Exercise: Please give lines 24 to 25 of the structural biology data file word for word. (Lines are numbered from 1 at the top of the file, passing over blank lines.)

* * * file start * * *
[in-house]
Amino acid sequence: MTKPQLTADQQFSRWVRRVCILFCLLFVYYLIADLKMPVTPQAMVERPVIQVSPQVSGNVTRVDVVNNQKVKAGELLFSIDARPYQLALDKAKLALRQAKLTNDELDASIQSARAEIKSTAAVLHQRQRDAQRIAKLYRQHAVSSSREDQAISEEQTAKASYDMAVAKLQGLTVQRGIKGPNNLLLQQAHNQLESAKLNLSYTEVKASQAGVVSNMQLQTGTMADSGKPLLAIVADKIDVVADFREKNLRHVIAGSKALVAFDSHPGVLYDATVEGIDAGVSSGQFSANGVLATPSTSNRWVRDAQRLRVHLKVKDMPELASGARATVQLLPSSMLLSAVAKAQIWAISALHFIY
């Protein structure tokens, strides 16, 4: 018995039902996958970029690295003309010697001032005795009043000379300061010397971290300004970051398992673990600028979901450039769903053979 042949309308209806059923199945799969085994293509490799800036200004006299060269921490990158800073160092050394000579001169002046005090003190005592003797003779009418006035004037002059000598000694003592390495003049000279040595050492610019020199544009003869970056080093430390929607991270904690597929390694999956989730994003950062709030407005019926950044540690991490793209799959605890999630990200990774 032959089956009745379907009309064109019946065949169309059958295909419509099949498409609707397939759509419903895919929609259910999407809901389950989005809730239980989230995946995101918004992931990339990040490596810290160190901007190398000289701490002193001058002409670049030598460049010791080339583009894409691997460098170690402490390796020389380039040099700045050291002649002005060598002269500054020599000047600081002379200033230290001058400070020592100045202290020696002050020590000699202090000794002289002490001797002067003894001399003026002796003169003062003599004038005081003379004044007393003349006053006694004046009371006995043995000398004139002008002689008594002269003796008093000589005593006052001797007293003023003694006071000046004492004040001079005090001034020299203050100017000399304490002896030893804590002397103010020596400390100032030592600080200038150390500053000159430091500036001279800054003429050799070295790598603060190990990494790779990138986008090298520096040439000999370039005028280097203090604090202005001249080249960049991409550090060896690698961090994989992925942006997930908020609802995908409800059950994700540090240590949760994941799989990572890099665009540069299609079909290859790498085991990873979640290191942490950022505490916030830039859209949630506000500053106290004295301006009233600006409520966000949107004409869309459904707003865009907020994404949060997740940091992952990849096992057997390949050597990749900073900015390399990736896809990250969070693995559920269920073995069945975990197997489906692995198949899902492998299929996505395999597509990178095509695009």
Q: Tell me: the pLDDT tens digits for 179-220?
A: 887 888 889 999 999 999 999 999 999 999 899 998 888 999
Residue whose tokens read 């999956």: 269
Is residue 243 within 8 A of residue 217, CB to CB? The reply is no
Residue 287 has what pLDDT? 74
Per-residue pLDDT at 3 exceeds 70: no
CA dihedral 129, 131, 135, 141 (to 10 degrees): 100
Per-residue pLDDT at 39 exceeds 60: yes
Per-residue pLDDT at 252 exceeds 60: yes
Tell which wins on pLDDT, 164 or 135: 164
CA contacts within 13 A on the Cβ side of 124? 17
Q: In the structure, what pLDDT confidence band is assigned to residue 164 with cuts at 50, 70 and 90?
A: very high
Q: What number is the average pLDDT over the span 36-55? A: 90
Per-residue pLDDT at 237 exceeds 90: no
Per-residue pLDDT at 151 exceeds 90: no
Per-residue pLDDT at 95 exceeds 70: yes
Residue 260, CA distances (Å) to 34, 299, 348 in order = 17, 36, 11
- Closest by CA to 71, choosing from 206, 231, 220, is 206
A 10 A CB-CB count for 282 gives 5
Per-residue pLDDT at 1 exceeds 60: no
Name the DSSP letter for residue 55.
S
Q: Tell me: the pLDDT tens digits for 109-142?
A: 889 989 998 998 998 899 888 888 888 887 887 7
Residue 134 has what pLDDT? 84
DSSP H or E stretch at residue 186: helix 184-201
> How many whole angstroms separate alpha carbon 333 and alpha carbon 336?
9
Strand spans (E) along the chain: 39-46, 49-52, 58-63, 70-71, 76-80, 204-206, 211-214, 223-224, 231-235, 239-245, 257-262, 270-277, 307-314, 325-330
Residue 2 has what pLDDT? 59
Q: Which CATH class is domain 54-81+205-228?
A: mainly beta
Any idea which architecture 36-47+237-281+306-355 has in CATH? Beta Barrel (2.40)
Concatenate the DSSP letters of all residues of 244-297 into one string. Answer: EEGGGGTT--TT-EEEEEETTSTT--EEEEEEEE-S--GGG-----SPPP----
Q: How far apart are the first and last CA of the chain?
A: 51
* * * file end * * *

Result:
Per-residue pLDDT at 1 exceeds 60: no
Name the DSSP letter for residue 55.